Windham Life and Times – January 20. 2017

Roadside Nostalgia

The Bea's on Route 11o in Methuen, Atomic Subs in Salem

The Bea’s on Route 110 in Methuen, Atomic Subs in Salem


Maybe its because I’m writing this at lunchtime and I haven’t eaten, I don’t know, but I’ve been overcome by a wave of nostalgia for the foodie heaven of my childhood. I know this isn’t exactly “Windham History” but if you lived in this town in the fifties, sixties and seventies you were familiar with these iconic road-side places.

Atomic Submarine was located on Route 28, in Salem, where the Burger King is today. According to they opened on 1965 and remained at the same location until 1984. The shop opened in the former VW dealership. The reason this place is so important to me, is not because of the food. You see, right next door there was a slot car place, where my brother and I used to hang out for hours on end.  One Saturday, we had our cars on the track as usual, when some kid came in yelling, “The Rolling Stones are next door at Atomic Subs.” And it was true. As I remember it, they were driving a van behind which they were pulling a trailer with their equipment. I confirmed this memory with my brother who was four years older at the time and for whom a Rolling Stones sighting was much more an impressive event. I remember eating the subs there. According to they offered a sub called the “Atlas” that was three feet long. Bill Littlewood and his wife Marge eventually owned 20 stores in the area and there was talk of going national but it soon all came to an end because of a dishonest book-keeper or so the story goes.

When I think back on the cutlet sandwiches that we used to get at Bea’s, my mouth begins to water. You remember how the huge cutlet, hung 3 inches beyond the roll. Legend has it that the family started making sandwiches from their tenement kitchen in Lawrence. I remember the Lawrence store on Broadway very well. The inside was gleaming stainless steel and mirrors. When I was a kid, I was totally intrigued by the mirrors, because they were  huge and on opposite walls, so they produced an unique optical illusion, with me descending into infinity and beyond. My grandfather, in the midst of a heart attack, asked to stop and get a Bea’s cutlet sandwich before they took him to the hospital. They were really that good!!!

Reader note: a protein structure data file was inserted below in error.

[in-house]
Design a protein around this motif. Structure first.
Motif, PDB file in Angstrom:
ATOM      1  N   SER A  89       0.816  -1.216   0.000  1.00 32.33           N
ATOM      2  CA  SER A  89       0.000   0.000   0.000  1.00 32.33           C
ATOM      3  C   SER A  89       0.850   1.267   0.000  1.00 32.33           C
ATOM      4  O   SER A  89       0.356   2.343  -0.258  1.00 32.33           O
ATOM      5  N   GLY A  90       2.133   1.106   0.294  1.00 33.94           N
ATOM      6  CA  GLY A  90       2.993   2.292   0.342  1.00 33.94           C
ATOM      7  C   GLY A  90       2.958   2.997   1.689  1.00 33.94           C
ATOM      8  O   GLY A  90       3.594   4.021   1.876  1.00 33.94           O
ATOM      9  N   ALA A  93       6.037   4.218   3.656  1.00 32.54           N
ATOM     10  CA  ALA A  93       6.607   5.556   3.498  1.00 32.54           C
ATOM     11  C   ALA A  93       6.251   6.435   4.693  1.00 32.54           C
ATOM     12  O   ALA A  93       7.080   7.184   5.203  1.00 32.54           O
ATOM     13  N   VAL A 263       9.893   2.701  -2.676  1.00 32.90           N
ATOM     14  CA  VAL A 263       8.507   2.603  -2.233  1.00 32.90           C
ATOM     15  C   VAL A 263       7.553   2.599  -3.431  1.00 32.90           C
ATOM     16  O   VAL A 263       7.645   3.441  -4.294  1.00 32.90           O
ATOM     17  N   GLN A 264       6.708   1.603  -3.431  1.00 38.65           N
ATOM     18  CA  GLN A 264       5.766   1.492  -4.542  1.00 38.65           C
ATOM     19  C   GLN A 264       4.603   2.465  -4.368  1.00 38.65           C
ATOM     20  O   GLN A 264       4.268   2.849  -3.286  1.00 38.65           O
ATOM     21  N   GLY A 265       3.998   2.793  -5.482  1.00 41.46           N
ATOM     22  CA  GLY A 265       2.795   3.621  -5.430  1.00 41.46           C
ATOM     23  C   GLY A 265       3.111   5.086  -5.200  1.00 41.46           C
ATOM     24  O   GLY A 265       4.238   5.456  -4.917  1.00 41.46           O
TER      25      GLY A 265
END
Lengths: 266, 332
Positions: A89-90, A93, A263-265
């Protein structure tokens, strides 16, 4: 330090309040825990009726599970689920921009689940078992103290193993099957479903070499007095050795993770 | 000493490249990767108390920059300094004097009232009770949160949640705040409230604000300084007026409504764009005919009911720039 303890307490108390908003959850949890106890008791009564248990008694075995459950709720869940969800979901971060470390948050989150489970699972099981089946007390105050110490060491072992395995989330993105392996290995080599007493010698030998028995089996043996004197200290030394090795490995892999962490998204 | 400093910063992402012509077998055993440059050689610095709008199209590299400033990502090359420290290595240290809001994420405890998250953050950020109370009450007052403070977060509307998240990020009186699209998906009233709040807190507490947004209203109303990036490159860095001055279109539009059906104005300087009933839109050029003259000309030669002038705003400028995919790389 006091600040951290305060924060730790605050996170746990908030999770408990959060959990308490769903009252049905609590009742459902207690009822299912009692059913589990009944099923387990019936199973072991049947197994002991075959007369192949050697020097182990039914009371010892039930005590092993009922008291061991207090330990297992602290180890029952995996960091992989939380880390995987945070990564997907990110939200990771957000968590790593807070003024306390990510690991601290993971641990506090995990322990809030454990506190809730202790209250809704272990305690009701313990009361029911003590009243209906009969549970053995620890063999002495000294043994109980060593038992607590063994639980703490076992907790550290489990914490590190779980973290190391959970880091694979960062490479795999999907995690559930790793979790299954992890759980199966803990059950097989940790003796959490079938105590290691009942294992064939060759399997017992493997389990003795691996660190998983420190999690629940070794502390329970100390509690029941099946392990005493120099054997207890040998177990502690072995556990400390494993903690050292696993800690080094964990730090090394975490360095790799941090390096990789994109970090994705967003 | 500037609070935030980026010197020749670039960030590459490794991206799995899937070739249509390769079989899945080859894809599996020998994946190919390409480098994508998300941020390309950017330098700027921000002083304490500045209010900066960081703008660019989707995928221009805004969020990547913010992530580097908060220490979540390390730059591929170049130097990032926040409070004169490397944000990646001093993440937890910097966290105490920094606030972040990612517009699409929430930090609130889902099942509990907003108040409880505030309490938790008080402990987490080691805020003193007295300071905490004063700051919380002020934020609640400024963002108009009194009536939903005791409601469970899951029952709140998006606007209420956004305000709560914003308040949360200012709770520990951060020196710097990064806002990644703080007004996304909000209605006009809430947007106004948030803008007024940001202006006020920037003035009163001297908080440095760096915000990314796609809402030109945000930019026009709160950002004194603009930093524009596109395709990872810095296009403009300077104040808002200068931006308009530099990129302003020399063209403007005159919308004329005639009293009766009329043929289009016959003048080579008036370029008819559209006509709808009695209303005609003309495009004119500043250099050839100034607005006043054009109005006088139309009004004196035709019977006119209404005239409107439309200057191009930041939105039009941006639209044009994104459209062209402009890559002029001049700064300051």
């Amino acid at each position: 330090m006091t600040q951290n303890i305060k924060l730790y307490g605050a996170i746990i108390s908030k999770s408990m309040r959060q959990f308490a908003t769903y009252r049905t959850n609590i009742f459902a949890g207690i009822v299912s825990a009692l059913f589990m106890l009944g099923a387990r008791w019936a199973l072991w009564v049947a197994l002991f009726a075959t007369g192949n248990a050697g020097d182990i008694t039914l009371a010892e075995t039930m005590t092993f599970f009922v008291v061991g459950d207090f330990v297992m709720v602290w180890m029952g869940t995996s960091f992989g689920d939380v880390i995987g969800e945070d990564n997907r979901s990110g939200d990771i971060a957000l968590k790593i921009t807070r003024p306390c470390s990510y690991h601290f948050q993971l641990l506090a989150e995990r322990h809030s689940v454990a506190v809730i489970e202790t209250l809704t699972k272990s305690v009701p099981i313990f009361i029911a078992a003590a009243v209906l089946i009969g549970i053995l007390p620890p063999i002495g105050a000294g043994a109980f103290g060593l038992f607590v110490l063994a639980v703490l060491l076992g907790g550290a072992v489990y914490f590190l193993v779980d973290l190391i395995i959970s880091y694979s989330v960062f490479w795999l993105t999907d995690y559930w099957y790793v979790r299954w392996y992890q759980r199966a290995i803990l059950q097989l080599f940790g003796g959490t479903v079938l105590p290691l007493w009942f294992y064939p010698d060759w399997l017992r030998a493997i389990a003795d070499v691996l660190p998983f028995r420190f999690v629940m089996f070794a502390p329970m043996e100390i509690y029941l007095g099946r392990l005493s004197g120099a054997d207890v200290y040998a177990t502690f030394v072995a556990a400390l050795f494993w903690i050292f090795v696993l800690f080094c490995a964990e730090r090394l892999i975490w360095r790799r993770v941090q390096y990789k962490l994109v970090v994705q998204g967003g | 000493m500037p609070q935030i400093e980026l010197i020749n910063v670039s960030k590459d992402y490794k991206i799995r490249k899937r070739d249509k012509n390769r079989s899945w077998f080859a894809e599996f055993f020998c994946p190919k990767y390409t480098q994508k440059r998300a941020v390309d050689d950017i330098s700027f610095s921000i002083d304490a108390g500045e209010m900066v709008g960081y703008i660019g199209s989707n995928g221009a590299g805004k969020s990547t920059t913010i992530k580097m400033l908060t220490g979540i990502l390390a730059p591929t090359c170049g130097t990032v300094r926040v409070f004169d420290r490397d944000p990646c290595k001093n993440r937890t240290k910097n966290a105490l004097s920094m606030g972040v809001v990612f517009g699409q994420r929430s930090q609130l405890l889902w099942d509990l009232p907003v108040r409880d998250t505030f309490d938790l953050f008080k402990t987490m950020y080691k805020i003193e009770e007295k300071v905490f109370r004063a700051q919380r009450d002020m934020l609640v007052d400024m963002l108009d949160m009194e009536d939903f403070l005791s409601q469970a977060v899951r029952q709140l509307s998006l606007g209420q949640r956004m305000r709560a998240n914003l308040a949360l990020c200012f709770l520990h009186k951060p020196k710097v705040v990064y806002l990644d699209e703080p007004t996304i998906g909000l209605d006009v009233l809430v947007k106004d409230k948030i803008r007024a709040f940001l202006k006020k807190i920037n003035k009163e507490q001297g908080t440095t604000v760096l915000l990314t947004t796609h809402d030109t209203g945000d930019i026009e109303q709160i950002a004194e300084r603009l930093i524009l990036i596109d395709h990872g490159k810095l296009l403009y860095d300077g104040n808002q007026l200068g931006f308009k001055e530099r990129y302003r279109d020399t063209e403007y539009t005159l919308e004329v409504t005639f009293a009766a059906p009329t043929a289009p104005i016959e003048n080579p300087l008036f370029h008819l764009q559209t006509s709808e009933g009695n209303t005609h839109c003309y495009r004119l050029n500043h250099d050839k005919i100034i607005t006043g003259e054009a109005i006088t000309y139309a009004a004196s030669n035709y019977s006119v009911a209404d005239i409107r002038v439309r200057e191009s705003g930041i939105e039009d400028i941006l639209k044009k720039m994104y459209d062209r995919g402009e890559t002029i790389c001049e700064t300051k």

With the new Ray Kroc, “McDonalds” movie hitting theaters, it is appropriate to remember that New England’s first fast food restaurant was Howdy Beef Burgers. The one in Salem looked just like the one pictured. The chain was started by William Rosenberg, who also owned the Dunkin Donuts chain. They were hugely popular, probably because they were fast and cheap, unlike today. And the fries were really great, also unlike today, when all fast food fries pretty much suck. You could get a burger, incredible fries and a coke for just 37 cents.


Of course, before Howdy Beef Burger there was the A&W Root Beer on Route 28, where they took your order and hung the tray on the side of your car.  There was also “Joes” which had great food and was always packed. As a kid, I remember waiting in line to get into that place!  I went for the red Jello and whipped cream which I was allowed to have if I ate my meal. And who could forget Findeisen’s ice cream stand. Chocolate marshmallow ice cream, under the willow trees by the Spicket River.  I really need to go and eat lunch… but I’m just now remembering the nice older Italian lady who used to serve me incredibly delicious meatball subs after high school, at “Gateside,” across from Canobie Lake Park…OK, OK, I’m off to lunch!!!



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